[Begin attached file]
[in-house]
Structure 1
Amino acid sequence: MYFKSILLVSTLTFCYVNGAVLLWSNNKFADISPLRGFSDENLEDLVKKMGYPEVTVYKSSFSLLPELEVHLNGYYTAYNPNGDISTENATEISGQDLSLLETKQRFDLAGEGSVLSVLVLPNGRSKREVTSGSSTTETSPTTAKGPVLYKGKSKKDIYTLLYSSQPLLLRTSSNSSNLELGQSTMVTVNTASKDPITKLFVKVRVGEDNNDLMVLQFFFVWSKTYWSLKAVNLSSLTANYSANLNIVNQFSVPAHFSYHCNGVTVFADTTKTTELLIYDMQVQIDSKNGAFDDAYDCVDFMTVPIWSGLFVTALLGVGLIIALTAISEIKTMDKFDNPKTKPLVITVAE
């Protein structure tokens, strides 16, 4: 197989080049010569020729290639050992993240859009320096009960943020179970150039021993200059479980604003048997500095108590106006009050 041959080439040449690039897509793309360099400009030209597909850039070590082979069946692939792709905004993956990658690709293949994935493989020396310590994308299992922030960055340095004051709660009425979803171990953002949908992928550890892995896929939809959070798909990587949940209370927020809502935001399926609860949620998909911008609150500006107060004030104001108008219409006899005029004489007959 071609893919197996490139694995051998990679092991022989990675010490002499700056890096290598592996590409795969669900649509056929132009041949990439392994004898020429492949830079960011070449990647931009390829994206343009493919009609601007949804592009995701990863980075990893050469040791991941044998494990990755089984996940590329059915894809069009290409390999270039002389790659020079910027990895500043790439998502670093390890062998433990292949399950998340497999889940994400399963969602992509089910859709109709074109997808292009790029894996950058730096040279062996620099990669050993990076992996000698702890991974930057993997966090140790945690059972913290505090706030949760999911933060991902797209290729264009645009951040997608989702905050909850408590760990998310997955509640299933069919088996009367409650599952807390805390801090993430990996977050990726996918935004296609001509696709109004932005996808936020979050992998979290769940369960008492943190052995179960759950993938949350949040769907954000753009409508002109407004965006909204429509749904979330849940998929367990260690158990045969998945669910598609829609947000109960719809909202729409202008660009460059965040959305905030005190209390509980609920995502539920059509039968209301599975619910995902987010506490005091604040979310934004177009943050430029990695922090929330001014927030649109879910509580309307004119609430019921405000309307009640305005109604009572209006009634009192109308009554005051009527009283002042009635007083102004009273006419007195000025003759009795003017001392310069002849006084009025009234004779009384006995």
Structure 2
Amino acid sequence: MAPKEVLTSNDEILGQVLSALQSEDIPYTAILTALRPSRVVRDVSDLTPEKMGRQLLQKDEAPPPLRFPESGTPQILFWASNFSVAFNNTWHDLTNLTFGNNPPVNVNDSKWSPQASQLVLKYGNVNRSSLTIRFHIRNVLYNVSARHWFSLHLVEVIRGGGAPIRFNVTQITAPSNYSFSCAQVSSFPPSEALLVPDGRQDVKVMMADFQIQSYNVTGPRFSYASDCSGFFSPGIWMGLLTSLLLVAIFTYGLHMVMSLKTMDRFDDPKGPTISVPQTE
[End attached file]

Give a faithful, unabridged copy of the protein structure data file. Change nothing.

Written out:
[in-house]
Structure 1
Amino acid sequence: MYFKSILLVSTLTFCYVNGAVLLWSNNKFADISPLRGFSDENLEDLVKKMGYPEVTVYKSSFSLLPELEVHLNGYYTAYNPNGDISTENATEISGQDLSLLETKQRFDLAGEGSVLSVLVLPNGRSKREVTSGSSTTETSPTTAKGPVLYKGKSKKDIYTLLYSSQPLLLRTSSNSSNLELGQSTMVTVNTASKDPITKLFVKVRVGEDNNDLMVLQFFFVWSKTYWSLKAVNLSSLTANYSANLNIVNQFSVPAHFSYHCNGVTVFADTTKTTELLIYDMQVQIDSKNGAFDDAYDCVDFMTVPIWSGLFVTALLGVGLIIALTAISEIKTMDKFDNPKTKPLVITVAE
């Protein structure tokens, strides 16, 4: 197989080049010569020729290639050992993240859009320096009960943020179970150039021993200059479980604003048997500095108590106006009050 041959080439040449690039897509793309360099400009030209597909850039070590082979069946692939792709905004993956990658690709293949994935493989020396310590994308299992922030960055340095004051709660009425979803171990953002949908992928550890892995896929939809959070798909990587949940209370927020809502935001399926609860949620998909911008609150500006107060004030104001108008219409006899005029004489007959 071609893919197996490139694995051998990679092991022989990675010490002499700056890096290598592996590409795969669900649509056929132009041949990439392994004898020429492949830079960011070449990647931009390829994206343009493919009609601007949804592009995701990863980075990893050469040791991941044998494990990755089984996940590329059915894809069009290409390999270039002389790659020079910027990895500043790439998502670093390890062998433990292949399950998340497999889940994400399963969602992509089910859709109709074109997808292009790029894996950058730096040279062996620099990669050993990076992996000698702890991974930057993997966090140790945690059972913290505090706030949760999911933060991902797209290729264009645009951040997608989702905050909850408590760990998310997955509640299933069919088996009367409650599952807390805390801090993430990996977050990726996918935004296609001509696709109004932005996808936020979050992998979290769940369960008492943190052995179960759950993938949350949040769907954000753009409508002109407004965006909204429509749904979330849940998929367990260690158990045969998945669910598609829609947000109960719809909202729409202008660009460059965040959305905030005190209390509980609920995502539920059509039968209301599975619910995902987010506490005091604040979310934004177009943050430029990695922090929330001014927030649109879910509580309307004119609430019921405000309307009640305005109604009572209006009634009192109308009554005051009527009283002042009635007083102004009273006419007195000025003759009795003017001392310069002849006084009025009234004779009384006995």
Structure 2
Amino acid sequence: MAPKEVLTSNDEILGQVLSALQSEDIPYTAILTALRPSRVVRDVSDLTPEKMGRQLLQKDEAPPPLRFPESGTPQILFWASNFSVAFNNTWHDLTNLTFGNNPPVNVNDSKWSPQASQLVLKYGNVNRSSLTIRFHIRNVLYNVSARHWFSLHLVEVIRGGGAPIRFNVTQITAPSNYSFSCAQVSSFPPSEALLVPDGRQDVKVMMADFQIQSYNVTGPRFSYASDCSGFFSPGIWMGLLTSLLLVAIFTYGLHMVMSLKTMDRFDDPKGPTISVPQTE